**3.3. The effect on the electron thermodynamics**

In the above we discussed how the phase-space of electrons and positrons is modified by the presence of strong magnetic fields and how this effect changes the weak processes rates. The consequences of the variation of the electron phase-space, however, go well beyond that effect. Electron and positron thermodynamics functions will also be affected. In fact, by applying the prescription (3.10), we find that the number density, the energy density and the pressure of the electron-positron gas are now given by

(3.26) | |

(3.27) | |

(3.28) |

where

(3.29) |

is the Fermi-Dirac distribution function, and
*E*_{n}(*p*_{z}) is given by
(3.9). As for the case of the weak processes rates, it is
possible to show that Eqs. (3.26-3.28) reduce to the
their well know standard from in the limit *B*
0 (see
e.g. Ref. [98]).

Numerical computations
[94]
show that, for small *T*,
_{e}
grows roughly linearly with *B* when *B* >
*B*_{c}. This effect is
mainly due to - 1) the reduction, for each Landau level, of the area
occupied by the cyclotron motion of the electron in plane perpendicular
to the field; 2) the growth of the energy
gap among the lowest Landau level and the *n* > 0 levels, which
produces an overpopulation of the lowest Landau level. The first
effect is the dominant one. The net number density and the pressure of
the electron-positron gas follow a similar behaviour. As we
already noted in Sec. 3.1, the energy cost of
producing the electron-positron pairs excess cannot be paid by the
magnetic field which is supposed to be static. Rather, the "power bill" is
paid from the heat-bath, or better, from its photon component
[96,
99].
Especially in the context of BBN this
point is quite relevant since the energy transfer from the photons
to the lowest Landau level of the electron-positron gas will
affect the expansion rate of the Universe, its cooling rate and
the effective baryon-to-photon ratio
[94,
95,
98]. We start
discussing the first two effects.
We observe that the growth of the electron and positron energy
density, due to the presence of the magnetic field, gives rise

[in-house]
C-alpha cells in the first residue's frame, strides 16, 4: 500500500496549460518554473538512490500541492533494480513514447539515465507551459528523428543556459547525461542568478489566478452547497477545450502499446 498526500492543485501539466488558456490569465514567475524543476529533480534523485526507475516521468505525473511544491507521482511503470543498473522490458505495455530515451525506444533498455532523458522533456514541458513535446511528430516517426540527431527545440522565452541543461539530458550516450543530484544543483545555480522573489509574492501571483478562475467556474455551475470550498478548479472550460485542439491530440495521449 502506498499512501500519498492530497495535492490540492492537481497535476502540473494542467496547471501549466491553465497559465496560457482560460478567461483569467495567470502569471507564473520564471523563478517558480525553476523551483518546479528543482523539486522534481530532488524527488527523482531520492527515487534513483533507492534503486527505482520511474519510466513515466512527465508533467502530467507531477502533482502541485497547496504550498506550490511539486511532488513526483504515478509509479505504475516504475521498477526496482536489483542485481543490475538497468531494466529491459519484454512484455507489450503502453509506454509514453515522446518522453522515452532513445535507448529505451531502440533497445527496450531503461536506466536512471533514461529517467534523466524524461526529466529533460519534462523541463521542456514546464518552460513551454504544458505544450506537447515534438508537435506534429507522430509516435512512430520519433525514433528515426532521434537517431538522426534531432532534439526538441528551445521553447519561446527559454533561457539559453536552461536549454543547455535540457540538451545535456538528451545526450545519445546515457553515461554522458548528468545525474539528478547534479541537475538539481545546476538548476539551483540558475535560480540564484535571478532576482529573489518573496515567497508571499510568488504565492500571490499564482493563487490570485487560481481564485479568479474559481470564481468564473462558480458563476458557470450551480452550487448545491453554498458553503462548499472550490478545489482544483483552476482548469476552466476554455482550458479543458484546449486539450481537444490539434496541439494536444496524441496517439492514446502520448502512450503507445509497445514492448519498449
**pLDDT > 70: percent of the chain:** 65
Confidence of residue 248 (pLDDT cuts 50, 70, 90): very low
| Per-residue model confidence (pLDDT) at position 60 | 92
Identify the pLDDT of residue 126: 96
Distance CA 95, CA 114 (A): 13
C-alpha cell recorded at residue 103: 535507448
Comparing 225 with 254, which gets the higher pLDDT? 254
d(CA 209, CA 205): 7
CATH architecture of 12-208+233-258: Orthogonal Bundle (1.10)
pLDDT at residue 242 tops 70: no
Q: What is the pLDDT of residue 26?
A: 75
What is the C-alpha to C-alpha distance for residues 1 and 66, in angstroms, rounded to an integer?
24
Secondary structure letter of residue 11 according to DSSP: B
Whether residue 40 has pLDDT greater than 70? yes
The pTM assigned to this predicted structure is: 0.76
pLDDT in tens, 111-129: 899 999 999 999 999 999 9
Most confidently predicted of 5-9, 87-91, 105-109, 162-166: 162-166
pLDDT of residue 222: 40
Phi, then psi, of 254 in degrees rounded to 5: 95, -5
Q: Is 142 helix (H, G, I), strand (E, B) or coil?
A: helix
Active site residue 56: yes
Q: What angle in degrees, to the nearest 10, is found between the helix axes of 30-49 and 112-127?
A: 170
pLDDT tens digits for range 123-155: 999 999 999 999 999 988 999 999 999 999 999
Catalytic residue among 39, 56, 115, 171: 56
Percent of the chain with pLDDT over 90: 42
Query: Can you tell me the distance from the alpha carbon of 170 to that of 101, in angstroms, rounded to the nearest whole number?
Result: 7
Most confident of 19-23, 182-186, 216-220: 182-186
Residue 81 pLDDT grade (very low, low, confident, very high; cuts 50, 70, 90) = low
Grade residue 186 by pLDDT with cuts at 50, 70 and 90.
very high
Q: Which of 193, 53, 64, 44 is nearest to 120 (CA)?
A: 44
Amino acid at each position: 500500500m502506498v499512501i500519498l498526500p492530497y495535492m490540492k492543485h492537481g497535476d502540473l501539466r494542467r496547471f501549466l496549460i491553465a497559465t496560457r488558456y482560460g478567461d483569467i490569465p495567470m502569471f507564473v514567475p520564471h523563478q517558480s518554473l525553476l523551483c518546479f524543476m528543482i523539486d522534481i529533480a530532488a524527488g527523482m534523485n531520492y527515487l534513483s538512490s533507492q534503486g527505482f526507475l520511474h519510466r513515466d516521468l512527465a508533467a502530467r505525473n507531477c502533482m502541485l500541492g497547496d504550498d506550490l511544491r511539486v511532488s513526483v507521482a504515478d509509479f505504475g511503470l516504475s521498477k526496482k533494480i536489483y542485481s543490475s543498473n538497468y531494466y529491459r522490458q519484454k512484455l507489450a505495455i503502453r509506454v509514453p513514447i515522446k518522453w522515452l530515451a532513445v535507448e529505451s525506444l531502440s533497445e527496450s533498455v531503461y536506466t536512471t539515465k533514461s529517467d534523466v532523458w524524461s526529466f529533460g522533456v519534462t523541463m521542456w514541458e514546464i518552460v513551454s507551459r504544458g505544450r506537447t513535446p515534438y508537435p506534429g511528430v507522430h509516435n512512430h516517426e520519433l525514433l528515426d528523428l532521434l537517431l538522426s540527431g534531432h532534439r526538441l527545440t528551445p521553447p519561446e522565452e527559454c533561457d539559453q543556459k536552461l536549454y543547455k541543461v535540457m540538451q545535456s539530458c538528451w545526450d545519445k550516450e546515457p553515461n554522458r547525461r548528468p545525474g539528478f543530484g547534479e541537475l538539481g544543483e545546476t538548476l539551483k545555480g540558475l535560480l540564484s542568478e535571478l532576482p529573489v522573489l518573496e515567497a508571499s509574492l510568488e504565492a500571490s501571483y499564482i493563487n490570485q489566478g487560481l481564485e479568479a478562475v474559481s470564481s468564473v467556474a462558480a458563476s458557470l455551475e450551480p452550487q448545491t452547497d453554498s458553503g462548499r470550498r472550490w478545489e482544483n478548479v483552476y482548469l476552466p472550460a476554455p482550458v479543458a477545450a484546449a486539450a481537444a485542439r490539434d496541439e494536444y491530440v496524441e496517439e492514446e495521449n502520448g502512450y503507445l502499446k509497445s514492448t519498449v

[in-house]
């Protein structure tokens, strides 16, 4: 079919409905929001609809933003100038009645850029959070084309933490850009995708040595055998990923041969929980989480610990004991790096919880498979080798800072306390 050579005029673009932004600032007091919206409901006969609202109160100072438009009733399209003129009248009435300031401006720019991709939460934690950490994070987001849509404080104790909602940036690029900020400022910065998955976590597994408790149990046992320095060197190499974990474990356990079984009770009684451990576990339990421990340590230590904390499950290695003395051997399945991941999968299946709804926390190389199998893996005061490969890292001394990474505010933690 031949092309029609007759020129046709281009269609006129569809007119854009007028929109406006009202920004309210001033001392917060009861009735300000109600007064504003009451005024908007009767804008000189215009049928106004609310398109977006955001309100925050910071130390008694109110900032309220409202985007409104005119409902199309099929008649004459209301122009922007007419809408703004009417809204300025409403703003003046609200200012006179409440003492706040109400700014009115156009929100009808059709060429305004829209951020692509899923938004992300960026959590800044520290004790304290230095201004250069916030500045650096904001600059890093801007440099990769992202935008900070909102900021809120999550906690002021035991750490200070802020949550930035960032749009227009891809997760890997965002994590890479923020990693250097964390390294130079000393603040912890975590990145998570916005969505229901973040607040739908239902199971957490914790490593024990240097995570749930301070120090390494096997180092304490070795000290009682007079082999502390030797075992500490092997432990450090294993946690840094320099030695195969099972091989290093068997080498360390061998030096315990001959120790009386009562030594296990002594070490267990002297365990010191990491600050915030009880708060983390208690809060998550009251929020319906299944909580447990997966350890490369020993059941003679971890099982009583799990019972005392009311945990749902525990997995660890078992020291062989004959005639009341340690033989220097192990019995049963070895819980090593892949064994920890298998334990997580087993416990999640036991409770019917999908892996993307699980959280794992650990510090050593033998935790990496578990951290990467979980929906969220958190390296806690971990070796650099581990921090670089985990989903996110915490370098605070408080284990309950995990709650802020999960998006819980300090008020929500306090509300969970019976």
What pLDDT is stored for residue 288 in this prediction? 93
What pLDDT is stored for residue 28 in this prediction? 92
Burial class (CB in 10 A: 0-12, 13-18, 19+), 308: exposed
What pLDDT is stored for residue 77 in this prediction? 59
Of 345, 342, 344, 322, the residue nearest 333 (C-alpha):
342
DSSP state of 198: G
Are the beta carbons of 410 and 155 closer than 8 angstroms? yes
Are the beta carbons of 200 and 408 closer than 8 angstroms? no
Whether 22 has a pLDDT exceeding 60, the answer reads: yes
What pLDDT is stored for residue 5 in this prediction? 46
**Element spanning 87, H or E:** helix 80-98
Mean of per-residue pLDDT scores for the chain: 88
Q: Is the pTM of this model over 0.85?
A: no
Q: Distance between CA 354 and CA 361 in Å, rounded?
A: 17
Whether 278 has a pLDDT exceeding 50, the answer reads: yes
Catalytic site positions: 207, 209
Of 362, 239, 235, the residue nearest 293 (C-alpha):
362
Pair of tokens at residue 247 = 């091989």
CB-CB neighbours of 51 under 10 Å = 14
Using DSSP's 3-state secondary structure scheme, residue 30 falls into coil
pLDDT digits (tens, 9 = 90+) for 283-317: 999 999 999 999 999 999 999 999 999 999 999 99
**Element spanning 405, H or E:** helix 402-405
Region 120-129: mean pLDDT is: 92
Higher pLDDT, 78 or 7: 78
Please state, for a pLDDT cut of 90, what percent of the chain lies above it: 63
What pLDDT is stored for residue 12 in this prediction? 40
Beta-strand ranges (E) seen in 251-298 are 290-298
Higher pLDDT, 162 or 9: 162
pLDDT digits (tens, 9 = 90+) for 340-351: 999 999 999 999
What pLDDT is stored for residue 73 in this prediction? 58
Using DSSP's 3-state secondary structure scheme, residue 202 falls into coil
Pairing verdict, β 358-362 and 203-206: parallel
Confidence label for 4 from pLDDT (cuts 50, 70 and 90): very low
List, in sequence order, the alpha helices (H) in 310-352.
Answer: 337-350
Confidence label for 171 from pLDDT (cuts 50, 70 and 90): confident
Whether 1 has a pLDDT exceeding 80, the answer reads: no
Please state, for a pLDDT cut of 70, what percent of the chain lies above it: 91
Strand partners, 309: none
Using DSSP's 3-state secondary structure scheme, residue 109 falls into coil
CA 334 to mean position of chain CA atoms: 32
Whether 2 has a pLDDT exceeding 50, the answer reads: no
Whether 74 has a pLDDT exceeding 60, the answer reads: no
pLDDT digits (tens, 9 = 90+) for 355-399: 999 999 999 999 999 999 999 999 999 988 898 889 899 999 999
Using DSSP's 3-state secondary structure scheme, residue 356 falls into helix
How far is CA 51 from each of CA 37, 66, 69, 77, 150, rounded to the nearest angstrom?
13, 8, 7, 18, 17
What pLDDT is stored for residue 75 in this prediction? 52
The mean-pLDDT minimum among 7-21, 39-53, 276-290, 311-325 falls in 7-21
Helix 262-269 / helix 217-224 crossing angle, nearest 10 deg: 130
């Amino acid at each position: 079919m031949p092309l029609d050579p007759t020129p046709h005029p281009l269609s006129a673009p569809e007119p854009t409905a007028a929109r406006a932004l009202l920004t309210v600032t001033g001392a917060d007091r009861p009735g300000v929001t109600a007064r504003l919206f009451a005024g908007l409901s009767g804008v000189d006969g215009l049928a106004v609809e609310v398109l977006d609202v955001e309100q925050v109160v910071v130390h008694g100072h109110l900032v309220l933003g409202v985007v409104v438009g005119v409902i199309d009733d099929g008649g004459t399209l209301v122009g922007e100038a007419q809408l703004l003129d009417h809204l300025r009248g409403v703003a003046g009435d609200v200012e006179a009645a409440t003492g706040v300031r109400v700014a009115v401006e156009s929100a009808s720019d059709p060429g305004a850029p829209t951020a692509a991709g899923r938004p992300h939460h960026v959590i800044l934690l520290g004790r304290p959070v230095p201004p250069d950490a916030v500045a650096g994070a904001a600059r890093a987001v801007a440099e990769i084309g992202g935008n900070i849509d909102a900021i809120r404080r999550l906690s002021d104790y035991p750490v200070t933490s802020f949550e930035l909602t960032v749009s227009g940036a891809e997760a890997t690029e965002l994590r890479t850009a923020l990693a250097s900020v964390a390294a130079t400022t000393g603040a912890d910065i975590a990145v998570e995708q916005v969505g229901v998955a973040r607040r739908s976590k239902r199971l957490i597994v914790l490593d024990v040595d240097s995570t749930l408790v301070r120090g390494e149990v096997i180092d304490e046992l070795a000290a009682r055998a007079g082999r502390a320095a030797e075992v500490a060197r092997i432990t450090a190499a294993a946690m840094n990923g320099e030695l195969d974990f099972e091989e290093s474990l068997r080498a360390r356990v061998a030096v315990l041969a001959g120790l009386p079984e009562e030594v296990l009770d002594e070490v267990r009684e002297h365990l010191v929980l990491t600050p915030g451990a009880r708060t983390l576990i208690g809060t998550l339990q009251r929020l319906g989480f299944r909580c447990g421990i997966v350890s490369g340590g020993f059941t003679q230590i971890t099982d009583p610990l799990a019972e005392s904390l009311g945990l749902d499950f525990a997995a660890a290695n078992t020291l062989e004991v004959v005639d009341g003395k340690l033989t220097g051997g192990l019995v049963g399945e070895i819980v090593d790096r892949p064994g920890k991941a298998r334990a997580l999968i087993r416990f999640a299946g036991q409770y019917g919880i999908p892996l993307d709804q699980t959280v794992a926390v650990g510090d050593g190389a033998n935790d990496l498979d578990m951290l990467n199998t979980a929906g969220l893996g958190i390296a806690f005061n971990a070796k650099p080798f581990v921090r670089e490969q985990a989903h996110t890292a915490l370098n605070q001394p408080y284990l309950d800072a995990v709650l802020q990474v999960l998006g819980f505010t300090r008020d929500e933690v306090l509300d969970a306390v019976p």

to a faster expansion rate of the Universe.
This point was first qualitatively discussed by Matese and
O'Connell [87]
and recently analyzed in more detail by
Grasso and Rubinstein
[94].
The time-temperature
relation will also be modified. The relevance of latter effect has
been first showed by Kernan, Starkman and Vachaspati
[98]
by solving numerically the relation

(3.30) |

where _{em}
_{e}
+ _{} and
*p*_{em}
*p*_{} + *p*_{e} are the energy
density and the pressure of the electromagnetic component of the
primordial heat-bath. In agreement with our previous
considerations, Eq. (3.30) has been obtained by
imposing energy conservation of the electromagnetic component plasma.

For small values of the ratio *eB*/*T*^{2}, the most
relevant effect of the magnetic field enters in the derivative
*d*_{em} /
*dT*_{} that is smaller than the free field value.
This effect can be interpreted as a delay in the electron-positron
annihilation time induced by the magnetic field. This will give
rise to a slower entropy transfer from the electron-positron pairs
to the photons, then to a slower reheating of the heat bath. In
fact, due to the enlarged phase-space of the lowest Landau level
of electrons and positrons, the equilibrium of the process
*e*^{+} *e*^{-} <->
is shifted
towards its left side. Below we
will discuss as this effect has a clear signature on the deuterium
and ^{3}He predicted abundances. Another point of interest is that
the delay in the *e*^{+} *e*^{-} annihilation
causes a slight decrease in
the *T*_{} /
*T* ratio with respect to the canonical value,
(4/11)^{1/3}
[98].

The delay in the entropy transfer from the *e*^{+}
*e*^{-} gas to the heat-bath induces also an increment in
the value of baryon-to-photon ratio
. In the
absence of other effects a
larger value of
would induce smaller relic abundances of
Deuterium and ^{3}He. This effect, was first predicted in the
Refs. [94,
95],
Furthermore, it is interesting to observe
that in the case the primordial magnetic field is inhomogeneous
and it is confined in finite volume regions where its strength
exceed the cosmic mean value (e.g. flux tubes), this effect may give
rise to spatial variation in the relic element abundances.